Re: Oracle SE licensing question

From: Michelle Ryan <>
Date: Thu, 22 Jan 2009 17:28:33 +0000
Message-ID: <glaacs$jkm$>

Many thanks, Joel. My response is in-line below...

joel garry wrote:
> On Jan 22, 8:16 am, Michelle Ryan <>
> wrote:

>> In my company, I am a part of a team of 15 developers and we need to
>> work on a project to develop applications on Oracle 11i db.
>> Each one of us needs to host an instance of database on our PC/laptop.
>> Each developer also needs to connect database instance hosted on other
>> developers' laptop from time to time (that is, quite often).
>> I'd like to emphasize that we are *not* hosting an application (in other
>> words a production system) for our company's customers.
>> Up until now, life was simple, since we were using SQL Server 2005 and
>> each one of us had the Developer Edition of SQL Server 2005 which cost
>> less than $50.
>> Most of us have dual core laptops. Three chaps, however, have quad
>> processor boxes.
>> Is there free/cheap Oracle licensing scheme that we can take advantage
>> of? If not, would we be compliant if we bought 15 Named User Plus
>> licenses for Oracle Standard Edition (bearing in mind that Express and
>> StandardOne won't be acceptable to us).
>> Please can anyone help?

> 1. google for Oracle XE. It's free, but certain limitations, I
> haven't checked when it will be out for 11g. It's designed to be a
> direct competitor for the free sql server thingee, whatever that is.
> I take it that's what you mean by Express, why exactly is it not
> acceptable to you?

Express Edition or XE won't be acceptable since we need to develop/test on larger than 4 GB databases.

> 2. Be sure you understand the oracle versioning. If you are talking
> about the database, you mean 11g. If you are talking about Oracle
> applications, that's another whole ball of worms and some cans of wax.

You are right. I should have said 11g

> 3. You can get real cheap basic support. Eventually you will want
> real support, which should be based on your production needs. You
> need support to get patches. You need patches to make production
> quality databases.

Is it possible to buy support (in order to get patches) even if we use a free developer license (instead of a production release kind of full cost license)?

> 4. Since I see SE1 isn't acceptable, you must understand which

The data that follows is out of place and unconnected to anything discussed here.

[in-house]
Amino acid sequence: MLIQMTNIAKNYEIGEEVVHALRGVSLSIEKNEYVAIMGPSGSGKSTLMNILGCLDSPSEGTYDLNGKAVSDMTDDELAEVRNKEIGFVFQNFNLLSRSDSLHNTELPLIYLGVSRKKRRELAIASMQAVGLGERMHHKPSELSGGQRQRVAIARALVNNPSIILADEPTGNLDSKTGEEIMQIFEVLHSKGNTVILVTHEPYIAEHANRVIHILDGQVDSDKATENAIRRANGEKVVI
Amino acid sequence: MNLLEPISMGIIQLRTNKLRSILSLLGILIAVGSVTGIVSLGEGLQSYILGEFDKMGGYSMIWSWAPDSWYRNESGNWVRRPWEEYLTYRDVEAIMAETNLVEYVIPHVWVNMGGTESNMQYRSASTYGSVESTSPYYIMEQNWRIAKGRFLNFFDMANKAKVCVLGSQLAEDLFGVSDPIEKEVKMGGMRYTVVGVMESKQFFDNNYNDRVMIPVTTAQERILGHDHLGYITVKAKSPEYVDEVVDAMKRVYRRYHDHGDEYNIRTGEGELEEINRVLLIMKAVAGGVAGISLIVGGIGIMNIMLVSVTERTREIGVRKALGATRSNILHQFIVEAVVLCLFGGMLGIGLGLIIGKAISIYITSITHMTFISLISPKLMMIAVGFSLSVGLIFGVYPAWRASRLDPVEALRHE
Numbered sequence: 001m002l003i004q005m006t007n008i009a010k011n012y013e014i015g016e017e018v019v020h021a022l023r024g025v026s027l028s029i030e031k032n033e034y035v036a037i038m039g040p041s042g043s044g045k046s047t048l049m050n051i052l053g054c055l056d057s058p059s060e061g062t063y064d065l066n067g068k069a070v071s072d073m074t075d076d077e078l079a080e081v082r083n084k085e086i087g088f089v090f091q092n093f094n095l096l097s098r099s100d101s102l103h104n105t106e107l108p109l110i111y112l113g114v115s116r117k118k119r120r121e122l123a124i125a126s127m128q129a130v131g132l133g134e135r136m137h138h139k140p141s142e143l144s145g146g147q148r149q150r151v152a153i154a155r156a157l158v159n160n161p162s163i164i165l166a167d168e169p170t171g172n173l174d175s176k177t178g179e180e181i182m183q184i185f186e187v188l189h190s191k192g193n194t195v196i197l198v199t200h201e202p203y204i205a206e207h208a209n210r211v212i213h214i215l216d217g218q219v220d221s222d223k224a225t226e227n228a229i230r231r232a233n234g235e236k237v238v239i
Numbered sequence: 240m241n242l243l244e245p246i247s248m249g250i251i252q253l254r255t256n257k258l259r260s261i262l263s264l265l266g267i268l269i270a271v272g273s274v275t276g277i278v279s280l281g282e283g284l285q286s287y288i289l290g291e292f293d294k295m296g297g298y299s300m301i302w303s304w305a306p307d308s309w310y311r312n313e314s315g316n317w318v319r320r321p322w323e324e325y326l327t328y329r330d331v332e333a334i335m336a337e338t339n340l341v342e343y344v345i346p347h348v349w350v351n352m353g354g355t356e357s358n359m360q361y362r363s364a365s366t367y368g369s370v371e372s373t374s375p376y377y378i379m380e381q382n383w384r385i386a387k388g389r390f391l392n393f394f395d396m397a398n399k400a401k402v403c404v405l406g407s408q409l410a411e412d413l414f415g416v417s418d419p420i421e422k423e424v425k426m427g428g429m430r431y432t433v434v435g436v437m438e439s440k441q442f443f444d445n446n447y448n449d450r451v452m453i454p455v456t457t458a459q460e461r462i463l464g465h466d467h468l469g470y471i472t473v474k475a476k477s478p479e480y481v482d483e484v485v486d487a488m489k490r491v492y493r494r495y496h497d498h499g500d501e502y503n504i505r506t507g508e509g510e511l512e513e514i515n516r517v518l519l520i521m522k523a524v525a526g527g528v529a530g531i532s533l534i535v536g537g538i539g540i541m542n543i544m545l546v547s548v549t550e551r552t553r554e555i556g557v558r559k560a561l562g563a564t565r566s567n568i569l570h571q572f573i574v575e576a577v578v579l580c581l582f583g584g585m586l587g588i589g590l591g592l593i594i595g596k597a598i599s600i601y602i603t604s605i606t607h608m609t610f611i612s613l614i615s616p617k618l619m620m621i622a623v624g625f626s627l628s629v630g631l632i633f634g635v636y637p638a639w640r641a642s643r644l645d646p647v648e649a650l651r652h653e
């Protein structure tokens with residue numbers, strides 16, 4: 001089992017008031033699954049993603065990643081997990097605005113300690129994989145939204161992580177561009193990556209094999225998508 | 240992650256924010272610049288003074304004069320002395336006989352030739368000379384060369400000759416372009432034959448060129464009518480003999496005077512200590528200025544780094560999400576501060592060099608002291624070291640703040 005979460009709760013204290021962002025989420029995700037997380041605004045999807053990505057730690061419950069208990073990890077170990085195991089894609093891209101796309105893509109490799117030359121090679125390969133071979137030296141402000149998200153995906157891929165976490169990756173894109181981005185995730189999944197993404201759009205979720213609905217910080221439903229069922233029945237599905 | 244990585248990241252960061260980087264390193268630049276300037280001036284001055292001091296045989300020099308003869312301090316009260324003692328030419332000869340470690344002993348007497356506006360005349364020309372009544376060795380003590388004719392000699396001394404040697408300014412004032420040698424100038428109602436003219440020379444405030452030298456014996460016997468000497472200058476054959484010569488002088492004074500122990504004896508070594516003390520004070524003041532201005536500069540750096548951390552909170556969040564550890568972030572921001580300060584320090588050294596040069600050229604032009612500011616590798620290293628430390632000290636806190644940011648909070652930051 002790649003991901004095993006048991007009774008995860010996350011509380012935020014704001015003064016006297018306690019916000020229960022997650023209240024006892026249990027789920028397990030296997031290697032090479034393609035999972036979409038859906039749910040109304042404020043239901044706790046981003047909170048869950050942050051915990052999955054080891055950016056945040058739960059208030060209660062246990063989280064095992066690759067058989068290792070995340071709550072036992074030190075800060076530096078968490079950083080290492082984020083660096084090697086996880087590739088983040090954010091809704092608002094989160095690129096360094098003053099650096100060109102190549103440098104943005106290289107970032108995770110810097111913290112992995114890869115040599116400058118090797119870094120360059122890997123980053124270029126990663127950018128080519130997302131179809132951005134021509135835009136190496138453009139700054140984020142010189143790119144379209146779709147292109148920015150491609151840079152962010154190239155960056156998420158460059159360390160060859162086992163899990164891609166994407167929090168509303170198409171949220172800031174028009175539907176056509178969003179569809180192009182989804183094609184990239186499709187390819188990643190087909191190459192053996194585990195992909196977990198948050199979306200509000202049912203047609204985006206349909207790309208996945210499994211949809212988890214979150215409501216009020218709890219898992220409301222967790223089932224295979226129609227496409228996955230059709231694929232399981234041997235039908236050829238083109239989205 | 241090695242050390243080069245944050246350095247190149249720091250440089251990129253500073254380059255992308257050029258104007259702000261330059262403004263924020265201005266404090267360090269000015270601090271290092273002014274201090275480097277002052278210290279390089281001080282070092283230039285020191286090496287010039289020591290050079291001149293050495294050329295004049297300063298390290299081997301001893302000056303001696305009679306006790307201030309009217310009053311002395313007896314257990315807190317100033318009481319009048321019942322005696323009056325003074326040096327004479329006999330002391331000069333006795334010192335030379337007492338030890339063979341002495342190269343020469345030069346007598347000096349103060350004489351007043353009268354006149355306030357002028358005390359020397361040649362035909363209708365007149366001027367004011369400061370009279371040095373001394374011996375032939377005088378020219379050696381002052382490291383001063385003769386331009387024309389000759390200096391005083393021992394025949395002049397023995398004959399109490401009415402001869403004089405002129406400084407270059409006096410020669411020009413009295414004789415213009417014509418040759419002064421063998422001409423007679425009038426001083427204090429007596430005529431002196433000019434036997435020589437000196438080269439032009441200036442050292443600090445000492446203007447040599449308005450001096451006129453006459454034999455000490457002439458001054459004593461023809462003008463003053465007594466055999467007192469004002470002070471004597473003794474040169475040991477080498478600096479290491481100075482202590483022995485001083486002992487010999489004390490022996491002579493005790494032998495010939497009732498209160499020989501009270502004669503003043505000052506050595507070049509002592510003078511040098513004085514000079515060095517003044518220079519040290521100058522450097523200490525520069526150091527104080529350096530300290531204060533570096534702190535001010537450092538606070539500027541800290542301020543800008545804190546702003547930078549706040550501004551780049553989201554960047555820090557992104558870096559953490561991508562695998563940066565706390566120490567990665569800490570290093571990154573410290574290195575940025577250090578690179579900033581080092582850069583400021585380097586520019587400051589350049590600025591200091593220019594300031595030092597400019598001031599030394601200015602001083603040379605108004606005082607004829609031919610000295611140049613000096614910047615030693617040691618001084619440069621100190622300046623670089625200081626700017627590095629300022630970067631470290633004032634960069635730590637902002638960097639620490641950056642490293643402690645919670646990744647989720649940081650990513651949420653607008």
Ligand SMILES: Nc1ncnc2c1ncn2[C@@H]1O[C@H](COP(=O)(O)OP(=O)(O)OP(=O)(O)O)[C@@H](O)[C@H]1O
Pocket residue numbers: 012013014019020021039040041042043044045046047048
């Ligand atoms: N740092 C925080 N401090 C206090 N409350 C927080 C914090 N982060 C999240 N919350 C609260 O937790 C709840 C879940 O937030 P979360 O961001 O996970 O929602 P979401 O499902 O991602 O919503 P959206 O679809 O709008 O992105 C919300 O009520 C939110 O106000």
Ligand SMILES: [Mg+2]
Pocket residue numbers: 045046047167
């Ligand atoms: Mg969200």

> options you need? Could you let us in on that?

Looking at the above link, my impression is that perhaps SE1 would be ok for us. However, people around here seem to insist that we should develop/test on Standard Edition since that is what our customers would be using.

> 5. is where you get all this stuff besides patches.
> Yes, you can download enterprise edition. Free registration required,
> and worth every penny.
> 6. There is an oracle store online, but often you can do better with
> a salesperson or a third party, depending on your requirements.
> 7. See the license when you download. An excerpt:
> "We grant you a nonexclusive, nontransferable limited license to use
> the programs only for the purpose of developing, testing, prototyping
> and demonstrating your application, and not for any other purpose. If
> you use the application you develop under this license for any
> internal data processing or for any commercial or production purposes,
> or you want to use the programs for any purpose other than as
> permitted under this agreement, you must obtain a production release
> version of the program by contacting us or an Oracle reseller to
> obtain the appropriate license. You acknowledge that we may not
> produce a production release version of the program and any
> development efforts undertaken by you are at your own risk. We may
> audit your use of the programs. Program documentation, if available,
> may accessed online at "
> There have been myths floating around about things this lets you trip
> over, but basically, if you are just developing, download whatever you
> want and develop!

We've been told that a free developer license, that you get after free registration and download, prohibits other developers (even if they are in the same team and site) to connect to your database. I'd be interested in your take on that.

> 8. Be sure to take backups, as in the technical (as opposed to legal)
> sense, all those databases are production databases for your
> developers.
> 9. There are Concept and basic backup manuals free online,
> among others. Read them!
> 10. For the issues you will have to overcome to retrain your brains
> from SS poison^H^H^H^H^H idiosyncracies, see books and online articles
> by Tom Kyte.
> 11. Mini-FAQ about this groups relative cdos and some resources at
> Welcome to our universe!

Thanks for the support - I really appreciate it.

> jg
> --
> is bogus.
> Looks like you'll have lots of help:
Received on Thu Jan 22 2009 - 11:28:33 CST

Original text of this message